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Teacher Talk

Welcome to Teacher Talk, where our authors 'talk' early literacy with teachers. You'll find practical classroom strategies and tips from real educators, as well as personal stories and innovative approaches to improving your teaching practice.

  1. How to Use the LIFT OFF TO LITERACY Reading Pen (Video)

    The LIFT OFF TO LITERACY Reading Pen is easy enough for students of all ages to use. Just watch Luke as he guides you through all the steps and functions of the Pen. LIFT OFF TO LITERACY is available from Okapi Educational Publishing.

  2. How to Use the Reading Pen for DESPEGANDO HACIA LA LECTURA (Video)

    The Reading Pen for DESPEGANDO HACIA LA LECTURA: UN ENFOQUE DE LECTURA COMPARTIDA is easy enough for students of all ages to use. Just watch Nathaniel as he guides you through all the steps and functions of the Pen. DESPEGANDO HACIA LA

  3. Guided Reading: First Reading of Informational Text CLEVER TAILS (Video)

    Join literacy consultant Debra Crouch as she and her guided reading group of 1st grade students read CLEVER TAILS, a Level G title from the FLYING START TO LITERACY series. FLYING START is available from Okapi Educational Publishing.

  4. Guided Reading: Returning to Informational Text CLEVER TAILS (Video)

    Join literacy consultant Debra Crouch as she and her guided reading group of 1st grade students return to CLEVER TAILS, a Level G title from the FLYING START TO LITERACY series. FLYING START is available from Okapi Educational Publishing.

  5. Guided Reading: First Reading of Fiction Text MONKEY'S TAIL (Video)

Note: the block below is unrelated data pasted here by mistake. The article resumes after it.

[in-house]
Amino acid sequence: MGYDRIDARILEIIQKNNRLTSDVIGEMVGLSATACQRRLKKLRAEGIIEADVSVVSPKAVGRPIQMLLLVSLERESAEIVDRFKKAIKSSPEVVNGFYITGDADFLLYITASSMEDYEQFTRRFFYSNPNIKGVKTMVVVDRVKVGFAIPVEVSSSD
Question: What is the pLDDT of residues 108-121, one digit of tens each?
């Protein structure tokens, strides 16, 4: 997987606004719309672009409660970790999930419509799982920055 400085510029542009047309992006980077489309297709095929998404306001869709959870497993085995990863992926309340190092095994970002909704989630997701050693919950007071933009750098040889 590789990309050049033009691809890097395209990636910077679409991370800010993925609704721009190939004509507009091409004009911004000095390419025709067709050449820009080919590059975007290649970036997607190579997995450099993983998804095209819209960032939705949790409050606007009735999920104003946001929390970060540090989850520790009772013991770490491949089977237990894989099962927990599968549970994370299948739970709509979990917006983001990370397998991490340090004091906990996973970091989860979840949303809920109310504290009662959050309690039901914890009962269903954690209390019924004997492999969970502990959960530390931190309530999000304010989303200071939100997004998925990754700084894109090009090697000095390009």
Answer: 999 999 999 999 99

Join literacy consultant Debra Crouch as she and her guided reading group of 1st grade students read MONKEY'S TAIL, a Level G title from the FLYING START TO LITERACY series. FLYING START is available from Okapi Educational Publishing.

  6. Guided Reading: Synthesizing and Talking About the Pair (Video)

    Join literacy consultant Debra Crouch as she and her guided reading group of 1st grade students talk about CLEVER TAILS and MONKEY'S TAIL, Level G paired texts from the FLYING START TO LITERACY series.
  7. Managing Guided Reading Groups with “Warm” Running Records

    Managing guided reading groups often generates a multitude of questions about flexibility: How do I know which children go in which group? Which books do I use in a particular level? How do I know when my students are ready for the next level?
  8. Guided Reading and Reading Strategies

    Guided reading is a small group opportunity to support readers as they apply known reading strategies. David Hornsby, in A Closer Look at Guided Reading (2000), describes guided reading as a time when “the teacher helps the children use strategies they already know so that they are able to read an unfamiliar text independently, with success.” Those reading strategies have been modeled and demonstrated during whole class read-aloud and shared reading. During guided reading, the intentional use of wait time by the teacher encourages the use of reading strategies. When children are developing as readers, the use of reading strategies is slower and less automatic, meaning students require more time for processing. Teachers who wait when students make an error, rather than immediately giving a correct word or automatically prompting a strategy to try, provide students the opportunity to self-monitor and self-correct. This is when learning to be a strategic reader occurs.
  9. Close Reading and Guided Reading

    Close reading and guided reading can exist in the same instructional environment.  By reading closely in guided reading, a reader is encouraged to apply all their known understandings about how texts work to figure out meanings the text brings into existence.  When close reading of a text is viewed as comprehending a text in an intentional manner, it can be powerful within the context of guided reading.
  10. Shared Reading and Guided Reading: Learning in Context

    In Shared Reading, Students Learn What They Later Apply in Guided Reading Shared reading and guided reading lie alongside each other within a gradual release of responsibility model of instruction. One of the key ways guided reading instruction differs from other small reading groups is through this relationship to shared reading instruction.

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